Lustleigh is a magnificent area for weirdly shaped outcrops and loaf like boulders that are set on the steep slopes above the heart of the village most of which are difficult to espy as they are cloaked in a canopy of trees. However, there is a huge rock at the foot of the narrow, winding road through the hamlet of Pethybridge that is readily visible to the passer-by.
It is set into the edge of a boundary and sits above a road junction. Tim Jenkinson's attention was drawn to the Rock in May 2013 by Steve Jenkins and it presents as a distinctive granite mass that, like so many of Lustleigh's rockpiles, could resemble a giant loaf of bread. Reverend Richard Polwhele, writing as long ago as 1806, described the area around the village as "all hill, valley and rock" and this is a most appropriate observation on account of the many grand small tors that can be found in the vicinity, most rarely commented upon until modern times.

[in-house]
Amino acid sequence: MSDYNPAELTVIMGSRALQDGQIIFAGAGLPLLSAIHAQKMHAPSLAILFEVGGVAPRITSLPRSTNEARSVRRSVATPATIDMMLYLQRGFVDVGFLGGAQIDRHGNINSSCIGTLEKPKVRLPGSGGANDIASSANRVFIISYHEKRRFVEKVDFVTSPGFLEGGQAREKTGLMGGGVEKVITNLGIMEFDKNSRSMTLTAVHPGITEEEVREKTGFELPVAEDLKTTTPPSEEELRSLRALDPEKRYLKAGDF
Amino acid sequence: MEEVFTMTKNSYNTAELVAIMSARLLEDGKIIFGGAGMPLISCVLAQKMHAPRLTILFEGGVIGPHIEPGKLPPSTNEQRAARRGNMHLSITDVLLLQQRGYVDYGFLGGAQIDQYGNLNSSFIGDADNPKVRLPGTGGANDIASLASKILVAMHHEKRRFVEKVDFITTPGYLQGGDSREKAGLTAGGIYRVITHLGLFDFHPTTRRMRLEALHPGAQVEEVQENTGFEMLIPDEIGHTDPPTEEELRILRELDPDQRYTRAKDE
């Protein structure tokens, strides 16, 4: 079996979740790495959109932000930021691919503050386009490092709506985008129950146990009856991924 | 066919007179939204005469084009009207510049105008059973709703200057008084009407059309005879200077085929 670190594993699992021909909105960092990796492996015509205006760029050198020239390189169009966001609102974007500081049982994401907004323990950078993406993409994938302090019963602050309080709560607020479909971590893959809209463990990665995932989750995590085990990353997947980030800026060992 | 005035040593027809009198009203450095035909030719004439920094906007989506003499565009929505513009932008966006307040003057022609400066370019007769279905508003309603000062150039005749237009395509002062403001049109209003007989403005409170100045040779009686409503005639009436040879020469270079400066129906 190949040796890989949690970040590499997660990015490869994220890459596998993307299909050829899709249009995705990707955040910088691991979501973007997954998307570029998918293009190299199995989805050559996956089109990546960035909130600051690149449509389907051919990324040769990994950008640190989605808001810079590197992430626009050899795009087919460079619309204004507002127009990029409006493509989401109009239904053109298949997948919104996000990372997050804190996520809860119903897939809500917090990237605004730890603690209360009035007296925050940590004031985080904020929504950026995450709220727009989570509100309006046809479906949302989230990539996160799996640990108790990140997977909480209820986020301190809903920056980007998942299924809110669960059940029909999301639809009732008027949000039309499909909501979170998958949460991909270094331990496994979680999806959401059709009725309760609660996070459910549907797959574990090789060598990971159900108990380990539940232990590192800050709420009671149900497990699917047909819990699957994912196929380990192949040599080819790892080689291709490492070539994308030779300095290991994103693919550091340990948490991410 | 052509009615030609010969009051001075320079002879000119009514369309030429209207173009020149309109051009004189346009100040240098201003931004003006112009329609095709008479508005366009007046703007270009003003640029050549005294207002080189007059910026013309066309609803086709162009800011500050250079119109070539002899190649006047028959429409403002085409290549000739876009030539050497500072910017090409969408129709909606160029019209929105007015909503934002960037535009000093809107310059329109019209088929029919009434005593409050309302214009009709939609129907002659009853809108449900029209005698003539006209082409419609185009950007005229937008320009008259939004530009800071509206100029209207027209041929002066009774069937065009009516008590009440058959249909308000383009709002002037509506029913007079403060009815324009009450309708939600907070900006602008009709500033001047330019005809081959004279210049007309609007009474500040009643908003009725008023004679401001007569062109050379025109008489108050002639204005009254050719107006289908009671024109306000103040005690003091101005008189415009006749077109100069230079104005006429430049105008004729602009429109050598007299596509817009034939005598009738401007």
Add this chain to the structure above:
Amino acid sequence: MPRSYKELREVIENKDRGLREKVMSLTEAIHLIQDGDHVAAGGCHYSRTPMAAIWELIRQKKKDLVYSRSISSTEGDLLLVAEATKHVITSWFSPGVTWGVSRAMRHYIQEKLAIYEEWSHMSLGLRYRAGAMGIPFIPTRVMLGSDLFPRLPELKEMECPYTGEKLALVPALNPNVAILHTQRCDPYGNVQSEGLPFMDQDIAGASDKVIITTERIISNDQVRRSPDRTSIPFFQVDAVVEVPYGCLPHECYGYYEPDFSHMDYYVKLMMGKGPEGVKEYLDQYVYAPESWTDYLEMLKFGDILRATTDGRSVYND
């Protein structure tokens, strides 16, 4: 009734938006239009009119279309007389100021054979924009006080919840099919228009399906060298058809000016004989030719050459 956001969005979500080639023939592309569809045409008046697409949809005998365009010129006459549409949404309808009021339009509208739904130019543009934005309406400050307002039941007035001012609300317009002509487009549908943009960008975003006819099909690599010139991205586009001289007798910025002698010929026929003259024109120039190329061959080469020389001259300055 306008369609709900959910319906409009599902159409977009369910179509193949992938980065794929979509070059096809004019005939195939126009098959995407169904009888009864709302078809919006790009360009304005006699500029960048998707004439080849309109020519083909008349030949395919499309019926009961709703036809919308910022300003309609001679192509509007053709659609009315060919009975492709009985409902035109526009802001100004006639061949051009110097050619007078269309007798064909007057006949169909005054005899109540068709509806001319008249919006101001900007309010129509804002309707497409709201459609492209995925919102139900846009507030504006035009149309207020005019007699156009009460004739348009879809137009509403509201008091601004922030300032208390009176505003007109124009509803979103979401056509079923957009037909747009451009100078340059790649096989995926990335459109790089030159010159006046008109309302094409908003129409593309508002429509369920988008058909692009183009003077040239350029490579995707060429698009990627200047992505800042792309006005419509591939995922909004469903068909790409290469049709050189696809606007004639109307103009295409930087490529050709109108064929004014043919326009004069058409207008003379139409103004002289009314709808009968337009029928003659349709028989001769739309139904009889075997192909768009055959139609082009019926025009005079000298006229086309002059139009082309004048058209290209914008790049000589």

Overlooking the aforementioned road junction, the Rock dominates a rusty green shed that fortunately does not detract from its beauty. In contrast to neighbouring rock groups that reside above the road between the village centre and the hamlet of Ellimore, Pethybridge Rock is actually accessible because it literally abuts to the very edge of the road before it ascends steeply up the hill. Once more this is likely a part of the greater range of granite that is strewn all across the hillside here where numerous small tors are camouflaged in the secretive woods that veil them from the public eye.